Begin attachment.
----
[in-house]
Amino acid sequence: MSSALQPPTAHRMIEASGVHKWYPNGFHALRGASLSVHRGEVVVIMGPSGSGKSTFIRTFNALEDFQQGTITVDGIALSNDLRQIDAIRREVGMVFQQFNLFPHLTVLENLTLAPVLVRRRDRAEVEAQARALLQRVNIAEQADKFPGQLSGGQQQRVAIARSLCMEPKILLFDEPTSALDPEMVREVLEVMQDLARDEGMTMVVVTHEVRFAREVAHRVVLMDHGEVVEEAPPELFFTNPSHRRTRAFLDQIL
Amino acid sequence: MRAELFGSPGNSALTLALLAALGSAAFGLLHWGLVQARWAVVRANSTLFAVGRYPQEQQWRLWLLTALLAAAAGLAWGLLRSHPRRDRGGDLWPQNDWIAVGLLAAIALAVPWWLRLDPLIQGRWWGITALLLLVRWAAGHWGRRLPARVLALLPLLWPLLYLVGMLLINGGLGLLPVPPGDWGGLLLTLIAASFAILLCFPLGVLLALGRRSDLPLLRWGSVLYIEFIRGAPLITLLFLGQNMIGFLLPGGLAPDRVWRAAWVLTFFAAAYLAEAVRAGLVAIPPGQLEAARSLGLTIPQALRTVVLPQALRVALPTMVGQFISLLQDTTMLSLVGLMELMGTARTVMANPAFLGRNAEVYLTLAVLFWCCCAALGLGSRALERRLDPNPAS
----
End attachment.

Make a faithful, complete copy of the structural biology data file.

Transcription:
[in-house]
Amino acid sequence: MSSALQPPTAHRMIEASGVHKWYPNGFHALRGASLSVHRGEVVVIMGPSGSGKSTFIRTFNALEDFQQGTITVDGIALSNDLRQIDAIRREVGMVFQQFNLFPHLTVLENLTLAPVLVRRRDRAEVEAQARALLQRVNIAEQADKFPGQLSGGQQQRVAIARSLCMEPKILLFDEPTSALDPEMVREVLEVMQDLARDEGMTMVVVTHEVRFAREVAHRVVLMDHGEVVEEAPPELFFTNPSHRRTRAFLDQIL
Amino acid sequence: MRAELFGSPGNSALTLALLAALGSAAFGLLHWGLVQARWAVVRANSTLFAVGRYPQEQQWRLWLLTALLAAAAGLAWGLLRSHPRRDRGGDLWPQNDWIAVGLLAAIALAVPWWLRLDPLIQGRWWGITALLLLVRWAAGHWGRRLPARVLALLPLLWPLLYLVGMLLINGGLGLLPVPPGDWGGLLLTLIAASFAILLCFPLGVLLALGRRSDLPLLRWGSVLYIEFIRGAPLITLLFLGQNMIGFLLPGGLAPDRVWRAAWVLTFFAAAYLAEAVRAGLVAIPPGQLEAARSLGLTIPQALRTVVLPQALRVALPTMVGQFISLLQDTTMLSLVGLMELMGTARTVMANPAFLGRNAEVYLTLAVLFWCCCAALGLGSRALERRLDPNPAS